As a Joint Honours student entering the final year of my undergraduate degree, I sought to make the most of my time over the summer by taking on a position through McGill’s Arts Internship Office (AIO). Being interested in archival work as a result of my Honours History courses, I jumped at the opportunity to intern with the Alex Dworkin Canadian Jewish Archives here in Montreal. The position, which was offered in partnership with McGill’s Quebec Studies programme, offered me a chance at hands-on work within an archival setting, giving me a glimpse into what my career might look like in future. In particular, I gained a far greater appreciation of the variety of work that an archive requires, from manual labour (such as assembling and moving boxes) to genealogical research and cataloguing!
My host organisation, the Alex Dworkin Canadian Jewish Archives, began its work as a branch of the Canadian Jewish Congress (CJC). In 2011, the CJC was dissolved, and the Archives entered a new phase of its existence as an independent, community-funded archive of Canadian Jewish History. The Archives also moved to a new location in 2018 to accommodate its ever-growing collection. They provide an invaluable resource for both academics and the general community, as the Archives record not only the CJC’s history, but that of Canadian Jewry as a whole. Of particular importance is the JIAS collection, which contains immigration records, social case files, and associated records from the Jewish Immigrant Aid Service. The Archives regularly receive requests from both academics and private individuals to conduct genealogical research, something which would not be possible without the JIAS collection.
While I did conduct some genealogical research, the majority of my time working at the Archives was spent processing documents from the CJC collection in order to reduce the catalogue’s backlog. The records I dealt with spanned mainly from the 1970s to the 1990s, being in large part from the CJC’s Communications Department. My task was primarily to identify duplicates within the archival collection, after which I could discard any superfluous files. Of the 30+ boxes I was slated to examine, seven were discarded or merged into pre-existing boxes. This type of synthesis, indexing, and processing is necessary on a practical level, as it streamlines the collection and opens up space for new donations; however, it is also essential for the Archives to function efficiently. The boxes I worked with had remained untouched for decades, and did not exist within the archival database, meaning that researchers were unable to locate and access them.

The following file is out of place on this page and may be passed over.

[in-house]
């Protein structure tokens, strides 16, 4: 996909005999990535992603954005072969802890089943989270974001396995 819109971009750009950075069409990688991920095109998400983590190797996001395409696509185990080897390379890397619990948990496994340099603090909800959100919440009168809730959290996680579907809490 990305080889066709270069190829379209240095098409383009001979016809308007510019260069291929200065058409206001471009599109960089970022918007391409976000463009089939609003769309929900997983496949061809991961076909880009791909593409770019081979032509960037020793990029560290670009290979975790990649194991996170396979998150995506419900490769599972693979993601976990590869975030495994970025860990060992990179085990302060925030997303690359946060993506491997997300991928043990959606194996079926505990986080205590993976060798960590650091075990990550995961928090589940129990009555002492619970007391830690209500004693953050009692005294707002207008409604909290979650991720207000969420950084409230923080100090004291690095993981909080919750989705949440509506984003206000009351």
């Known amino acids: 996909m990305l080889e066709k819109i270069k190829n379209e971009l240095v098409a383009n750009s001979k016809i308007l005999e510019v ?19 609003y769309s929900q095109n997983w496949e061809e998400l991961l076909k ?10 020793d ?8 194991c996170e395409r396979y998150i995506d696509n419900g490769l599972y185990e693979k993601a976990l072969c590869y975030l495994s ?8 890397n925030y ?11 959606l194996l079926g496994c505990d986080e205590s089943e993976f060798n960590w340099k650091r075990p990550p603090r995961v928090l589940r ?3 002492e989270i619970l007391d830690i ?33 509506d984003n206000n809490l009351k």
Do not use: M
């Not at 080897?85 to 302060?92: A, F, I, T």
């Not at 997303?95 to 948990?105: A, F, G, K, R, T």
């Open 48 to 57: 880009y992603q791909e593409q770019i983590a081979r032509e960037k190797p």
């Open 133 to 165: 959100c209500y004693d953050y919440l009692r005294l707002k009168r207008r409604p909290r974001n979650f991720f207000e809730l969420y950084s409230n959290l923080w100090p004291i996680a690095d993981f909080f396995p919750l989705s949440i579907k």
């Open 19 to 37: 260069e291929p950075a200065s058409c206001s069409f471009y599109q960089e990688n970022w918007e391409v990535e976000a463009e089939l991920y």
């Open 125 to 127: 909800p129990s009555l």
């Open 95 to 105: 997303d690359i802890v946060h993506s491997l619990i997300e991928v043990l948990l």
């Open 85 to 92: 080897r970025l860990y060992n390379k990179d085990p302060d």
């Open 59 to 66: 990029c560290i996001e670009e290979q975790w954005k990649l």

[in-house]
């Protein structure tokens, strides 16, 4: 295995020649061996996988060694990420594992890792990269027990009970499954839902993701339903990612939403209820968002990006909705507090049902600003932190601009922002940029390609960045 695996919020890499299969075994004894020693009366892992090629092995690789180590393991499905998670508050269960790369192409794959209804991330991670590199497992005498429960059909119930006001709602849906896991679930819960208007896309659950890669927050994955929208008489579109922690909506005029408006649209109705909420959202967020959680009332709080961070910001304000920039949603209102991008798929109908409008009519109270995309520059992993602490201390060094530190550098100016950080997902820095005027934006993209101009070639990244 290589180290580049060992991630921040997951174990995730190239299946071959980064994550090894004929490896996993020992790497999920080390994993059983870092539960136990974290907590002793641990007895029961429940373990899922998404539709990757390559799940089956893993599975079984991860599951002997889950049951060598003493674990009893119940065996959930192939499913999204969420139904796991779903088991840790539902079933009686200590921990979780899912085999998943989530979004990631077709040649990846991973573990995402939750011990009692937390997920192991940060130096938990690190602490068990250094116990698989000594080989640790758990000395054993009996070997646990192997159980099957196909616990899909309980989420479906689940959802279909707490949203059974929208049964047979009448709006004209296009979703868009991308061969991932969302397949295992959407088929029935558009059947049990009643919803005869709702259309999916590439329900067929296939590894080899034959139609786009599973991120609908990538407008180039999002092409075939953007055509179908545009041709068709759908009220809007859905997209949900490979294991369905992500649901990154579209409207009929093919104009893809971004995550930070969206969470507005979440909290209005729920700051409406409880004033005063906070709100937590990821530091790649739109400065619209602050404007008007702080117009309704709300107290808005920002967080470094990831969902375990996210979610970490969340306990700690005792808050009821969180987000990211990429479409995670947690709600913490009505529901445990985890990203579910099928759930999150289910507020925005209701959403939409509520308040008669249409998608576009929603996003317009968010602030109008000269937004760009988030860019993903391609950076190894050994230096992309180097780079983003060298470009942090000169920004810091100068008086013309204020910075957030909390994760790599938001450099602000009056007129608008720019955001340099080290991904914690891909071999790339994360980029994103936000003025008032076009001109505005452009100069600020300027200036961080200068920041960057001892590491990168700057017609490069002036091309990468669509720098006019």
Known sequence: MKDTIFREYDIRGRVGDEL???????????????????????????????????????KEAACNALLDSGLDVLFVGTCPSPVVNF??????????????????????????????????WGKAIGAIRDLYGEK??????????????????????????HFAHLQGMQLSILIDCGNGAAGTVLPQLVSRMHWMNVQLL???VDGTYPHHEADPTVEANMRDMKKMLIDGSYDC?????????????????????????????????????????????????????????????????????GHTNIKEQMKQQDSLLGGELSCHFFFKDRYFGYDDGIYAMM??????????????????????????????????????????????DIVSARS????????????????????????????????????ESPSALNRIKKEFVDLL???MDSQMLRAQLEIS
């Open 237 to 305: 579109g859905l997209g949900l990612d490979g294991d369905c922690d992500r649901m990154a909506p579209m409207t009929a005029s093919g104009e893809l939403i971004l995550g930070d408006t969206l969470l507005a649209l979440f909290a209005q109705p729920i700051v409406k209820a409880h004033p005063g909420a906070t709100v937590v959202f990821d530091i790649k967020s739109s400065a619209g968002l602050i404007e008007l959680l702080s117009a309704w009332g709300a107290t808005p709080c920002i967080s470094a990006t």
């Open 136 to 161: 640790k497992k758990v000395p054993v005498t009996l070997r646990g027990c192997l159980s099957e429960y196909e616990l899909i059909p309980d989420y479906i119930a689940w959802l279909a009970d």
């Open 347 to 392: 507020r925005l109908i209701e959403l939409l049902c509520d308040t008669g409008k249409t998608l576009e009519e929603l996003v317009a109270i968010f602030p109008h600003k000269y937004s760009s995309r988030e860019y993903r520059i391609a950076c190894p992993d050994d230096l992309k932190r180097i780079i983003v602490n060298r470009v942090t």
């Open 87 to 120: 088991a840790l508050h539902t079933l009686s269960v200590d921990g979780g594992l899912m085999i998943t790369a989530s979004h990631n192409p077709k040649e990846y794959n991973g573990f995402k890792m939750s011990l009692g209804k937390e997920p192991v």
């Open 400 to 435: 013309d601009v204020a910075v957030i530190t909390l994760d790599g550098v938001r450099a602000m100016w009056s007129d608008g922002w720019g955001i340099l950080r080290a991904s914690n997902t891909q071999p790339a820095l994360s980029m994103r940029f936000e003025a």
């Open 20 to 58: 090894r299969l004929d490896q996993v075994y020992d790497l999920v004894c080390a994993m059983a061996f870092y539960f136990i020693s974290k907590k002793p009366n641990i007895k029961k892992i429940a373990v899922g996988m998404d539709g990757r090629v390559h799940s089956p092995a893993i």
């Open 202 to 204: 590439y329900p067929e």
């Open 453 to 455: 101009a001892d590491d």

While working through the unprocessed CJC collection, I discovered over 400 previously unknown photos from various missions, conferences, and community events. Over half of these photos were from the first ever National Executive Conference in Israel, which took place over the 1990-1991 winter months. Working with these photos was incredibly rewarding, as they helped place the physical records into historical perspective. The photos, which were almost all taken by CJC officers and staff, also humanised the history by placing faces to the names and highlighting the more candid aspects of the organisation’s work (see the attached photos for a few of my favourites!).
Finally, I was able to assist in the delivery of two workshops given during my time at the Archives. The first was for a group of students studying the Jewish history of Montreal. My work for this project included the assembly of relevant materials and the marking of any particularly notable or interesting records. It was while preparing for this workshop that I discovered the NACHES Notes, a newsletter distributed by Montreal’s Gay Jewish Group (which appears to have been run primarily by students at McGill and Concordia and will definitely the subject of further personal research). The second workshop was on the creation and movement of archives, and was very illuminating vis-à-vis the particulars of running a community-driven archival space. It also emphasised the importance of building strong relationships between archives and the public, as the archive should serve as a repository of community history and memory.
Overall, my two months at the Archives taught me innumerable skills and fostered a greater appreciation for archival work. Through my work, I’ve learned much more about archival methodology, digitisation, and the centrality of the archives to both academic spheres and the general public. With the encouragement of my supervisors at the Archives, I’ve begun looking into Masters programmes in Library and Information Studies with a particular focus on archival work and digitisation. I also wish to thank the generosity of Andrew Buntain in providing the funding that allowed me to focus my full time and energy on getting the most out of my internship.